The design, implementation and evaluation of a teacher development programme to empower graduate students teaching in the undergraduate chemistry laboratory

Flaherty, Aisling (2018) The design, implementation and evaluation of a teacher development programme to empower graduate students teaching in the undergraduate chemistry laboratory.


Graduate students who fulfil teaching roles in the undergraduate laboratory play an
important role in establishing a positive learning environment. A host of graduate-student teacher training programmes have been developed, implemented and evaluated
accordingly in order to enhance their teaching capability. In addition, research has also
investigated the varied or sometimes complex factors that influence graduate students'
teaching behaviours. However, much of the extant literature on graduate-student teacher
development has prized a transmission model of teacher education whereby information
about what good teaching involves is transmitted to graduate students as a means of
developing their teaching capability. Further, evaluations of chemistry graduate-student
teacher development programmes have grappled with evidencing significant
advancements made to the instructional practices of its participants.
This research set out to develop, implement and evaluate a teacher development
programme for graduate students who teach in the undergraduate chemistry laboratory.
The 'Teaching as a Chemistry Laboratory Graduate Teaching Assistant' (TCL-GTA)
programme sought to employ an alternative way of catalysing graduate students in their
laboratory teaching roles by enhancing their sense of psychological empowerment. In
order to achieve this, it was sought to nurture the conditions of teacher empowerment
that are linked to enhanced student performance during the programme. The 'Meaningful
Learning in the Laboratory' (MLL) instructional model was designed to guide graduate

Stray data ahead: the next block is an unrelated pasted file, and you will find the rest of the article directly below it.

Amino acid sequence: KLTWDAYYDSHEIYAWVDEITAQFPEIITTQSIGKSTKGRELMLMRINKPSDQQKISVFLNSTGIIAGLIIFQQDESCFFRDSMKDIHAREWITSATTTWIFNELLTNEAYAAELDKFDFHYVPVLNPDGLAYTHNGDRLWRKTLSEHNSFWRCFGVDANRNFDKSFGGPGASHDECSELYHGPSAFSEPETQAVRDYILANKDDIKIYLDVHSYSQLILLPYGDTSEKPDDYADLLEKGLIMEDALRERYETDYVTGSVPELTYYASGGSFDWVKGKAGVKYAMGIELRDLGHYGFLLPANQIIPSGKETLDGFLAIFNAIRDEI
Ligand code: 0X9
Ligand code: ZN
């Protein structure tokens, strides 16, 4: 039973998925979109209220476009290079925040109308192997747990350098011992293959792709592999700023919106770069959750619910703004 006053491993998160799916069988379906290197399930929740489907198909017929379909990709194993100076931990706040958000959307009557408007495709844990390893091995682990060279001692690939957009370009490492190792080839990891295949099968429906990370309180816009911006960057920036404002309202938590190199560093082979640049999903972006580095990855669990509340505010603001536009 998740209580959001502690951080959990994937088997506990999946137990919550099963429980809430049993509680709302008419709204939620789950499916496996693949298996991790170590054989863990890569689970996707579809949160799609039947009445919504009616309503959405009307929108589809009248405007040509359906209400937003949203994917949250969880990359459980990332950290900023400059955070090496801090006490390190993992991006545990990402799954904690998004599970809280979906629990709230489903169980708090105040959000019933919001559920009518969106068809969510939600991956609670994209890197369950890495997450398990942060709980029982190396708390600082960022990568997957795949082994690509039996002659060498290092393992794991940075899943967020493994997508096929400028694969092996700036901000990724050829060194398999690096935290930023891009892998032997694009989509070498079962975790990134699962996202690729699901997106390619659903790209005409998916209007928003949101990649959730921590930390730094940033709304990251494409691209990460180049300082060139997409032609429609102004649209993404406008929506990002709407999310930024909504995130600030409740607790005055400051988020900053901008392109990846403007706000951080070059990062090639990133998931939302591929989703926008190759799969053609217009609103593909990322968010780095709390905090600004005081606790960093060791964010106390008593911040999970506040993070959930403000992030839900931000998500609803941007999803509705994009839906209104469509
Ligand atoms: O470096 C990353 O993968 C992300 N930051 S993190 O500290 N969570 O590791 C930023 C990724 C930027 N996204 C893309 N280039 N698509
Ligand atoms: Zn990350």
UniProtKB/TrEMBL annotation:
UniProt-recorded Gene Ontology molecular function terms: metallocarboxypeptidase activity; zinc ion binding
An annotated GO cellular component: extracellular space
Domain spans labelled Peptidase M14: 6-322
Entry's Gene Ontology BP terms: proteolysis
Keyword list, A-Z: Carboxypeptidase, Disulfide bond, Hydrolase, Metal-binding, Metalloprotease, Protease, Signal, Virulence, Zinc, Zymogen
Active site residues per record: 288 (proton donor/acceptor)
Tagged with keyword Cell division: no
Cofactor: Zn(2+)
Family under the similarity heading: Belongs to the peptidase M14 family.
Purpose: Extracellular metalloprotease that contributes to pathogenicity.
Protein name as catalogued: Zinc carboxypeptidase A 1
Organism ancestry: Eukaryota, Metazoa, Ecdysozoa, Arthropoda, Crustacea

students’ conceptualisation of how students learn meaningfully in the laboratory, as well
as informing how they instruct and interact with students in the laboratory.
This research was carried out over four phases that involved informing, designing,
implementing and evaluating the TCL-GTA programme. Underpinned by pragmatic
philosophy and subscribing to various philosophical underpinnings of the positivistic,
postpositivistic and constructivist paradigms, this research employed a mixed method
approach of collecting and analysing both quantitative and qualitative forms of data from
questionnaires, interviews and laboratory audio recordings. A range of analyses
including thematic analysis, category development and statistical analysis were
employed. The findings of this research indicates misalignment in the perceptions of the
role of laboratory demonstrators which subsequently informed the design of the TCL-GTA programme. The implementation of the TCL-GTA programme nurtured empowering
teacher development conditions. This positively influenced graduate students' sense of
psychological empowerment in their laboratory instructor roles while concomitantly
enhancing their verbal interactions with general chemistry students in the laboratory.

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